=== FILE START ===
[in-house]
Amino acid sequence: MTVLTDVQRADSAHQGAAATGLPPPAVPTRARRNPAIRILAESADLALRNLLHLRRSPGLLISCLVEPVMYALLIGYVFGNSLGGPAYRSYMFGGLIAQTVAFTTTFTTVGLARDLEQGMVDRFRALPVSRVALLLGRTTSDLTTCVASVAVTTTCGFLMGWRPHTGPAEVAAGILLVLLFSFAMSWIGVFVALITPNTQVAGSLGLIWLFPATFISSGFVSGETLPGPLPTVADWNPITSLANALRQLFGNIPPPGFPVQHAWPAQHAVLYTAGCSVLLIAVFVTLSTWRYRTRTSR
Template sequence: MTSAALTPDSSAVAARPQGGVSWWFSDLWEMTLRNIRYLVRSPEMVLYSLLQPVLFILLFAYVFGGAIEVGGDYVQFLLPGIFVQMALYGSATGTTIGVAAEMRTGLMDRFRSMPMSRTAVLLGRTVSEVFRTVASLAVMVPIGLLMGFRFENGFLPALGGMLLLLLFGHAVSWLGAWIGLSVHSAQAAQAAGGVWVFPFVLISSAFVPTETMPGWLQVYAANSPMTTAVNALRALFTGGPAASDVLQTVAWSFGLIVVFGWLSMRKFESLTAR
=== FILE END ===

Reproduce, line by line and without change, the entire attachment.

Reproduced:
[in-house]
Amino acid sequence: MTVLTDVQRADSAHQGAAATGLPPPAVPTRARRNPAIRILAESADLALRNLLHLRRSPGLLISCLVEPVMYALLIGYVFGNSLGGPAYRSYMFGGLIAQTVAFTTTFTTVGLARDLEQGMVDRFRALPVSRVALLLGRTTSDLTTCVASVAVTTTCGFLMGWRPHTGPAEVAAGILLVLLFSFAMSWIGVFVALITPNTQVAGSLGLIWLFPATFISSGFVSGETLPGPLPTVADWNPITSLANALRQLFGNIPPPGFPVQHAWPAQHAVLYTAGCSVLLIAVFVTLSTWRYRTRTSR
Template sequence: MTSAALTPDSSAVAARPQGGVSWWFSDLWEMTLRNIRYLVRSPEMVLYSLLQPVLFILLFAYVFGGAIEVGGDYVQFLLPGIFVQMALYGSATGTTIGVAAEMRTGLMDRFRSMPMSRTAVLLGRTVSEVFRTVASLAVMVPIGLLMGFRFENGFLPALGGMLLLLLFGHAVSWLGAWIGLSVHSAQAAQAAGGVWVFPFVLISSAFVPTETMPGWLQVYAANSPMTTAVNALRALFTGGPAASDVLQTVAWSFGLIVVFGWLSMRKFESLTAR